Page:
These guiding principles for ontology are consistently based on scientific materialism:
Ontology: 10 guiding principles according to Mario Bunge
- The world exists by itself whether we explore it or not.
- The world consists exclusively of things - that is, of concrete, material things.
- Shapes, structures are properties of things and not things that exist on their own.
- Things are grouped into systems: each thing is either a system or part of a system.
- All real things change.
- Nothing arises from nothing - no thing disappears into nothing.
- All things obey laws, everything is thus determined, and there are no miracles.
- There are different types of laws. There are causal, stochastic, among others
Laws and mixtures of them.
- The real things occur in different organizational levels. It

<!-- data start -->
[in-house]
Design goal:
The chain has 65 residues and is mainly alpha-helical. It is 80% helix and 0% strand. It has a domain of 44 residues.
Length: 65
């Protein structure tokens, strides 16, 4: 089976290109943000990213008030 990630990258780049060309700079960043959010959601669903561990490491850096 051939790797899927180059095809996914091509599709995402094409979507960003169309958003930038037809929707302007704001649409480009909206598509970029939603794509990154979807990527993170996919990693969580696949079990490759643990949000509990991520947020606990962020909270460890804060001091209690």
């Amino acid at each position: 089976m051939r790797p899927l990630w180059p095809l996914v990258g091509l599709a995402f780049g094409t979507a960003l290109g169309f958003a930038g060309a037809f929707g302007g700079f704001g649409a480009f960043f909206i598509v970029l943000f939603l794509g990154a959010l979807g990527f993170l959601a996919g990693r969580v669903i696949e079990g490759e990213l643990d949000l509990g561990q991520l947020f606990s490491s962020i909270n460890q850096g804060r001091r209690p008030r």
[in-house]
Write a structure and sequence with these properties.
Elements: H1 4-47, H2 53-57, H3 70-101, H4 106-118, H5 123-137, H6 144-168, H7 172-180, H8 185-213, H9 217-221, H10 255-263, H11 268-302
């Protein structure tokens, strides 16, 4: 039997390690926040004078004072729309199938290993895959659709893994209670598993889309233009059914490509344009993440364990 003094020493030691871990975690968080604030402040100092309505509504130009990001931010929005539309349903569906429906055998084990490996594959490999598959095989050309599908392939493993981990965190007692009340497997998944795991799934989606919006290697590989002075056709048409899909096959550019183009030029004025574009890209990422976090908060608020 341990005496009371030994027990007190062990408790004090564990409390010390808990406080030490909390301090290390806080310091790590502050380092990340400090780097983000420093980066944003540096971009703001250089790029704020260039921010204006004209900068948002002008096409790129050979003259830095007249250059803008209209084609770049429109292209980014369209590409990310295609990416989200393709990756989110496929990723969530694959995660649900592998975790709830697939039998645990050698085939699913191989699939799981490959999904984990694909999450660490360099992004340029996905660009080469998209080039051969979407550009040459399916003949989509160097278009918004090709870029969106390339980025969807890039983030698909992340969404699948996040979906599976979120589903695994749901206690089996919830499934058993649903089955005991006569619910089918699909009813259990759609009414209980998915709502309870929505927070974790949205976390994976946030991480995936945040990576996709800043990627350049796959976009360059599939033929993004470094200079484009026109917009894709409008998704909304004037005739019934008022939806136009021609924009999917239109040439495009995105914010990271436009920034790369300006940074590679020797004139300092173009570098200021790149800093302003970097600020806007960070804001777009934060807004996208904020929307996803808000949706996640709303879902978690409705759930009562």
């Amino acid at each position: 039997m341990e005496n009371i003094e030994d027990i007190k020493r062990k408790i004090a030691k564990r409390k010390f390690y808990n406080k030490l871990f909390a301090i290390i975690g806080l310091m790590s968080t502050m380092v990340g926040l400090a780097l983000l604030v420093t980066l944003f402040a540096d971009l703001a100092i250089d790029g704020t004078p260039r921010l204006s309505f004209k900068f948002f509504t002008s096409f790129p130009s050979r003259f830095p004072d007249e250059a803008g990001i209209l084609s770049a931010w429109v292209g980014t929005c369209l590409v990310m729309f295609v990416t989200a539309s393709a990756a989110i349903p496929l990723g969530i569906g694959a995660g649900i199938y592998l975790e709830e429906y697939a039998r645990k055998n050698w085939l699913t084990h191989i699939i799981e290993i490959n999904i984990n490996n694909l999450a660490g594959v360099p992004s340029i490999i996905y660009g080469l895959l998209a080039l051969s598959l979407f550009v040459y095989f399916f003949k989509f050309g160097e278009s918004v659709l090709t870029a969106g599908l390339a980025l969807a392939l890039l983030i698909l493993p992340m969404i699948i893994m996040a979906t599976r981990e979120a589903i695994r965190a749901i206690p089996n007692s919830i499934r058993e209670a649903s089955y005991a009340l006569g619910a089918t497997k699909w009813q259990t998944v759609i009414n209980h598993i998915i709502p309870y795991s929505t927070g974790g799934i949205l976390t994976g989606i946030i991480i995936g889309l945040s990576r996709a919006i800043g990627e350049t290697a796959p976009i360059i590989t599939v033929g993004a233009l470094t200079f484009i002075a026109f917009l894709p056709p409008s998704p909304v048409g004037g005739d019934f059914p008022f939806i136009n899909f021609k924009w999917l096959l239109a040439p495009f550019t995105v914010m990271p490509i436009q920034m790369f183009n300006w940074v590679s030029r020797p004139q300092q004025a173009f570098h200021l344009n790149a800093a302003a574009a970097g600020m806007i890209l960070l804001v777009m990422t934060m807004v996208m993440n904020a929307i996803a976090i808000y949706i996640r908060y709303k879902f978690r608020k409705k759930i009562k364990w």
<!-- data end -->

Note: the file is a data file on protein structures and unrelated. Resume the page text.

gives a physical, chemical, biological, social
and a technological level. Connections come between these levels
as the occurrence of the biosocial level shows. Farther
levels can branch out further, as is evident from the occurrence of socio-economic
Level can be observed.
- All systems have properties that the components lack and
are called emergent properties.
Heinz W. Droste: Communication - planning and shaping public opinion;
Volume 1: Basics - Chapter 5, p. 149
Ontology of communication technology 1:
Determination of structure and substance of human communication
- Bunge, Mario; Rubén Ardila; Philosophy of Psychology (1990) p. 28
- Bunge, Mario; Martin Mahner; Philosophical foundations of biology (2000) pp. 3–48